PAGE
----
Whether offshore outsourcing represents good value for money is a complex and contentious issue. Certainly, few offshoring engagements go off without a hitch: statistics from analysts Gartner and TPI show that 80% of contracts are renegotiated during the lifetime of the deal, and a tenth are renegotiated in the first year.
“There is a planning problem,” said Stephen Bullas, managing partner at the European Centre for Offshore Development, “and it needs to be resolved in order to get value from outsourcing.”
Some offshore providers are addressing the issue of customer value, Bullas explained. “They are shifting from the normal and well-understood cost and labour arbitrage deals to so-called output-based deals engagement models based on value. But the problem is that they are badly promoted and badly understood by the vendors.”
Furthermore, the move to output-based outsourcing is not a strategic priority for much of the industry, said Bullas, and it will take a “significant market trigger” for it to become one. He recommended that delegates keep a close eye on the next round of quarterly GDP figures, as a ‘double-dip’ recession could be such a trigger.
Another trend is for outsourcing providers, specifically those in India, to swallow the upfront transitional costs – take them “on the chin”, as Bullas puts it – to lock clients into longer contracts, he explained.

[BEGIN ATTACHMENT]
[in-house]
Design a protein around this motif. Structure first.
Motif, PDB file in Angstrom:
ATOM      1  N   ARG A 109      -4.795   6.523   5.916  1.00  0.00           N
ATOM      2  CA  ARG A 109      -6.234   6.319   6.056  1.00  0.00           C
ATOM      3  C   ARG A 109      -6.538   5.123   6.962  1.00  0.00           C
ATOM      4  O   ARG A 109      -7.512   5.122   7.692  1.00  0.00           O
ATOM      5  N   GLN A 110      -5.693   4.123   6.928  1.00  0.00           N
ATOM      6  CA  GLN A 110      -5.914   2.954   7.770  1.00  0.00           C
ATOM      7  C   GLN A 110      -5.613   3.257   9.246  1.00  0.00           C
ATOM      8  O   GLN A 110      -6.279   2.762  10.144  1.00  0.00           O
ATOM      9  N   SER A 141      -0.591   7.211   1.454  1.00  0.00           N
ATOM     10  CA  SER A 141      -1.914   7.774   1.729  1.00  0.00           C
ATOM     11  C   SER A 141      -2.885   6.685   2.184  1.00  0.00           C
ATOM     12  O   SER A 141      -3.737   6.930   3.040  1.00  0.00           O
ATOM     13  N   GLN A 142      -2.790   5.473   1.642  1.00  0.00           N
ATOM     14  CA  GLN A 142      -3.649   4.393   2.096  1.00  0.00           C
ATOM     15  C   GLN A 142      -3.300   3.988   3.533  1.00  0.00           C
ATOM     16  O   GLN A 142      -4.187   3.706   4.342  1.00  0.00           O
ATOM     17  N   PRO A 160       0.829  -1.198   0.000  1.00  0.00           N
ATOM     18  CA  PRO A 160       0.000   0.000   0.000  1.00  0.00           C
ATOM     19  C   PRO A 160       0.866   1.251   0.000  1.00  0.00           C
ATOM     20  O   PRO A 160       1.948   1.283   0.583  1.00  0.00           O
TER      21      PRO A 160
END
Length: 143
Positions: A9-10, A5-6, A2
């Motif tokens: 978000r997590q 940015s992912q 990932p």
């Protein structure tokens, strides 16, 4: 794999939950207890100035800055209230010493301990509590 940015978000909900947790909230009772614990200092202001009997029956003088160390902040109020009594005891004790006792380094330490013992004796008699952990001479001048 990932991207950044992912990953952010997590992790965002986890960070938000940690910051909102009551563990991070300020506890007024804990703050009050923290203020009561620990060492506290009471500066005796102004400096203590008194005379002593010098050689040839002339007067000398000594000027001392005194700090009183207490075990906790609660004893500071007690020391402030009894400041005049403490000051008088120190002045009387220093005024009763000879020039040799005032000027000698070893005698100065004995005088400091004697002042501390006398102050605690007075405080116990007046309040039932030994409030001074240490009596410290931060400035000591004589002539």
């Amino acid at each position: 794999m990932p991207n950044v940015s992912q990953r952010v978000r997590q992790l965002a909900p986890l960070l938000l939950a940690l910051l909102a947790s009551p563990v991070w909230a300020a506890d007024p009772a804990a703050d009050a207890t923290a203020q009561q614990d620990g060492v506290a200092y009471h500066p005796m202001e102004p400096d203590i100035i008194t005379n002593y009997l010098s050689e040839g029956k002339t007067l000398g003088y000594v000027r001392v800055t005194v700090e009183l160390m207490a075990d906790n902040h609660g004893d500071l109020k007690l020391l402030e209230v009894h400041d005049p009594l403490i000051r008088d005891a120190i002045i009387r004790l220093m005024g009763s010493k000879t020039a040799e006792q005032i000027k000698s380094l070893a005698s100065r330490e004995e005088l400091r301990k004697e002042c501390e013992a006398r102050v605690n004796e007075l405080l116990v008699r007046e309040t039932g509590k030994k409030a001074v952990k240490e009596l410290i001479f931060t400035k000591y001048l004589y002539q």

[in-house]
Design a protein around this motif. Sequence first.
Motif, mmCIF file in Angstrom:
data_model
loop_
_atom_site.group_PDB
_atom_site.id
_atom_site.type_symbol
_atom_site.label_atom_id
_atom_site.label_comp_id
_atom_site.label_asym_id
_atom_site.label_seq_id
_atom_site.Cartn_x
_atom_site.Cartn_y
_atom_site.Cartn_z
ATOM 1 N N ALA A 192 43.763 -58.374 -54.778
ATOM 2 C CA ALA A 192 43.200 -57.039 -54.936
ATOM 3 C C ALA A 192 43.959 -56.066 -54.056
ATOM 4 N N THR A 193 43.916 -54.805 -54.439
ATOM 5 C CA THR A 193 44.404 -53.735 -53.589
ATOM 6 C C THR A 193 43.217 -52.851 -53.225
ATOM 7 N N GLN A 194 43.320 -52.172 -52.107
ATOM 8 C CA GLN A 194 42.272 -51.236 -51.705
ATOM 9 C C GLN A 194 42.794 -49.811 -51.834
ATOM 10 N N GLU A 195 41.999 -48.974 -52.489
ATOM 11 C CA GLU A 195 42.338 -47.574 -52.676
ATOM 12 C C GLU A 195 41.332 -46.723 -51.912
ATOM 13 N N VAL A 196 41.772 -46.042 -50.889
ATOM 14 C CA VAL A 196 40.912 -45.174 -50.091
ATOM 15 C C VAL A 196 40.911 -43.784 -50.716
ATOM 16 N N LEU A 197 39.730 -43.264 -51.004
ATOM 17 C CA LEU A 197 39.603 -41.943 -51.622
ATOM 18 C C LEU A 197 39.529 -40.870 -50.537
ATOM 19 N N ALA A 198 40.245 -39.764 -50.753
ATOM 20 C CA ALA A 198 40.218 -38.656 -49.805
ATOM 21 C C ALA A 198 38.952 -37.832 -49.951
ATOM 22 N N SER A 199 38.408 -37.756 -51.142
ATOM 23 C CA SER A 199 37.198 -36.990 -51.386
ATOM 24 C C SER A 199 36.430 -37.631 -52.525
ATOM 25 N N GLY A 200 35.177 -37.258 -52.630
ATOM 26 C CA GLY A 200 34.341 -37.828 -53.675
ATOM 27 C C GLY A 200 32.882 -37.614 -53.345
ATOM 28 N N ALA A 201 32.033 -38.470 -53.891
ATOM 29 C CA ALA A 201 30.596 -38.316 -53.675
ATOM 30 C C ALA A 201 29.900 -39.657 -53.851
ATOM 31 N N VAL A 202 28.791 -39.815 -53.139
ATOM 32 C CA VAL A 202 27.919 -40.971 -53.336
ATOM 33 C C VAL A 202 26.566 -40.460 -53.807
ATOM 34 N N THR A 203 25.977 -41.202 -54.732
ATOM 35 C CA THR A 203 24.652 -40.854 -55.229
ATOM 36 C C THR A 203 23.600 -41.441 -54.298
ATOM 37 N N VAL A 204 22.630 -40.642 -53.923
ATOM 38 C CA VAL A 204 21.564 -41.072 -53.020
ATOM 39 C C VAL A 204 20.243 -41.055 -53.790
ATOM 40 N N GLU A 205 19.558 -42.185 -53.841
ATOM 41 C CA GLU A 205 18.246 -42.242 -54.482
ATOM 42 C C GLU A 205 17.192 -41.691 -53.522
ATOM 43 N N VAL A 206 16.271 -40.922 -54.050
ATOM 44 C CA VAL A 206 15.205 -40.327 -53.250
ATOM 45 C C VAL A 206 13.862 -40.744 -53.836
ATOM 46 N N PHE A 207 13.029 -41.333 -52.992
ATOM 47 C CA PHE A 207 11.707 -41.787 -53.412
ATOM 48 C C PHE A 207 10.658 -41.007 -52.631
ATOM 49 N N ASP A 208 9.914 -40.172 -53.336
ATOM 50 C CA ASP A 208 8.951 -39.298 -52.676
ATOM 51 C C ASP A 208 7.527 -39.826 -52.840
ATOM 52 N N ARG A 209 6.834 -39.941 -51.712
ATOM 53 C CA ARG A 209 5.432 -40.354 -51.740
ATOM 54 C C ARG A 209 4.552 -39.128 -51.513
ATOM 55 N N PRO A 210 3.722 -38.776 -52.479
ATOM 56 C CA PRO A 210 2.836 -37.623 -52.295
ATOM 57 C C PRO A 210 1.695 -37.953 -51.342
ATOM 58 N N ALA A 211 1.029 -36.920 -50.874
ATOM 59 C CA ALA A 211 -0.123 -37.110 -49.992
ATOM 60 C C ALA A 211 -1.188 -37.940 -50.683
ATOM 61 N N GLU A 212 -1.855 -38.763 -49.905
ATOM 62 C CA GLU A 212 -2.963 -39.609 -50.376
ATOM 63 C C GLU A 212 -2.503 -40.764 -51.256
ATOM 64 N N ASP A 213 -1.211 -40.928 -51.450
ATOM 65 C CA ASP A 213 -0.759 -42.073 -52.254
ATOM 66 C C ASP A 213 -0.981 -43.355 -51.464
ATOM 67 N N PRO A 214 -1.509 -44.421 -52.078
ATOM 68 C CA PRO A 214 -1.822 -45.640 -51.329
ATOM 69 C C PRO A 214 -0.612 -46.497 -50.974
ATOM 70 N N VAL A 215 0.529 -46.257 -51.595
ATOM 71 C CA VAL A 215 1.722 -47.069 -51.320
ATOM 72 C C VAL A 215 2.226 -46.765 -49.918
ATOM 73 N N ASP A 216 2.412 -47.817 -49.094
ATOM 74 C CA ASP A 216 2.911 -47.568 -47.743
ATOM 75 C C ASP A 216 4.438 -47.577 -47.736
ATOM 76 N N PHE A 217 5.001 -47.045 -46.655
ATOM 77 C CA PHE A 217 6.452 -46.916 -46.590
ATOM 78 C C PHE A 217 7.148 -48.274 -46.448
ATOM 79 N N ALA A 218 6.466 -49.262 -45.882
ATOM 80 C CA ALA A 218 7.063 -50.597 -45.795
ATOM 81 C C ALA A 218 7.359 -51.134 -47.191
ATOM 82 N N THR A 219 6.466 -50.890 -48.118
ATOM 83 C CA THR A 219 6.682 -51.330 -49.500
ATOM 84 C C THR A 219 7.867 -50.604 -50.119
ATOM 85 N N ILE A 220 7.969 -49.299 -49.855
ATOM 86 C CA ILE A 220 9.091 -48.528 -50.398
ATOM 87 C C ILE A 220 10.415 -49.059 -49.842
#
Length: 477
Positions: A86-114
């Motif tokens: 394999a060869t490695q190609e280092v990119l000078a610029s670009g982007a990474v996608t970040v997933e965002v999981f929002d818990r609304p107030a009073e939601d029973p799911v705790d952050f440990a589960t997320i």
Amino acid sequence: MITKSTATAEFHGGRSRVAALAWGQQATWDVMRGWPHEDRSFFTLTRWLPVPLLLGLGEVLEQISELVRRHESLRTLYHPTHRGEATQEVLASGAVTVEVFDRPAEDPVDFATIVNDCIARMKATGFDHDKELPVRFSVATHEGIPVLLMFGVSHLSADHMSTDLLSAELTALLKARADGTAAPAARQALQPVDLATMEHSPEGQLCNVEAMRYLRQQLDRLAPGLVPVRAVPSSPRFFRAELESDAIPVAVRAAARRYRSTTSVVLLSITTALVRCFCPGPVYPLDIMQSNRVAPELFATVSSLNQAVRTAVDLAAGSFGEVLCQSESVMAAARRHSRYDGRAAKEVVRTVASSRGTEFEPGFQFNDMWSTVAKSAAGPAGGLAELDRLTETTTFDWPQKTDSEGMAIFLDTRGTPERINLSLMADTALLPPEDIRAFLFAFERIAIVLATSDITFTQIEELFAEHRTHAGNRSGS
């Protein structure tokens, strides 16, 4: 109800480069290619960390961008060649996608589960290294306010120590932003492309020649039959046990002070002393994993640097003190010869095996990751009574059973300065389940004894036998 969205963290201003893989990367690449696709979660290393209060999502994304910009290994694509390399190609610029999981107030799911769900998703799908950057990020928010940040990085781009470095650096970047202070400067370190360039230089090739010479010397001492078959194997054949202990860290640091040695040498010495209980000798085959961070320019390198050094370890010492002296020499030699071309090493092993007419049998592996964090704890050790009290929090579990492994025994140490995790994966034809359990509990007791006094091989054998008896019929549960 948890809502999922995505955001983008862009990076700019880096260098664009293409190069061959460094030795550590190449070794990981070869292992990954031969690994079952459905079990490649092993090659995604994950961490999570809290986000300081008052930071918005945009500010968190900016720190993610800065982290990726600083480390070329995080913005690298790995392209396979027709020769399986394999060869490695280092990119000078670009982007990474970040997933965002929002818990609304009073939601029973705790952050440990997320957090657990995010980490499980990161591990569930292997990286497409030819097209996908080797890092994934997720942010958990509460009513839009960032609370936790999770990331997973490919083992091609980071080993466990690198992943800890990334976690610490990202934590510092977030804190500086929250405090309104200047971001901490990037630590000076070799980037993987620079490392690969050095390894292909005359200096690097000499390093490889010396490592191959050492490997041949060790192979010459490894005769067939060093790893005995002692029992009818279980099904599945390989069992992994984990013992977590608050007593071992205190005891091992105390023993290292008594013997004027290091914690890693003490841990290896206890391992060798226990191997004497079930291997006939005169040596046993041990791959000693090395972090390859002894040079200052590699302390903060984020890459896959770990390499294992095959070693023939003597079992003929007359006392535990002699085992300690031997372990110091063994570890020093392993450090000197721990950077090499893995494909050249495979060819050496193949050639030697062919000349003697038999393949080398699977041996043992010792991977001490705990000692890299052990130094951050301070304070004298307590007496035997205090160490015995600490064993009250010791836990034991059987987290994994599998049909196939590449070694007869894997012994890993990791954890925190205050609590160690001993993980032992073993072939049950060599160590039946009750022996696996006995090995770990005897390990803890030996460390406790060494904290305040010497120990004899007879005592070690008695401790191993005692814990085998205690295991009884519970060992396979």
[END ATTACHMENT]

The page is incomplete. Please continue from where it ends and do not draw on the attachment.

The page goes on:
Still, there is evidently a sizeable divide in expectations between buyer and supplier. Quoting figures from Diamond Cluster, Bullas stressed that poor provider performance was the most common reason for the termination of an outsourcing contract.
Despite this, Bullas forecasts that the cost, productivity and quality benefits will continue to be too strong a lure for many organisations. “The biggest driver, irrespective of the company, is always cost. Clearly, in times of recession, that is even more important.”
Also from the Managing IT Cost Effectively seminar
The economic downturn put the breaks on decision making, said Stephen Martin of Dynamic Markets
The energy costs of IT represent a growing financial burden, said Camco’s Chris Miller
Cost and flexibility make open source software a compelling proposition, said Talend’s Martin James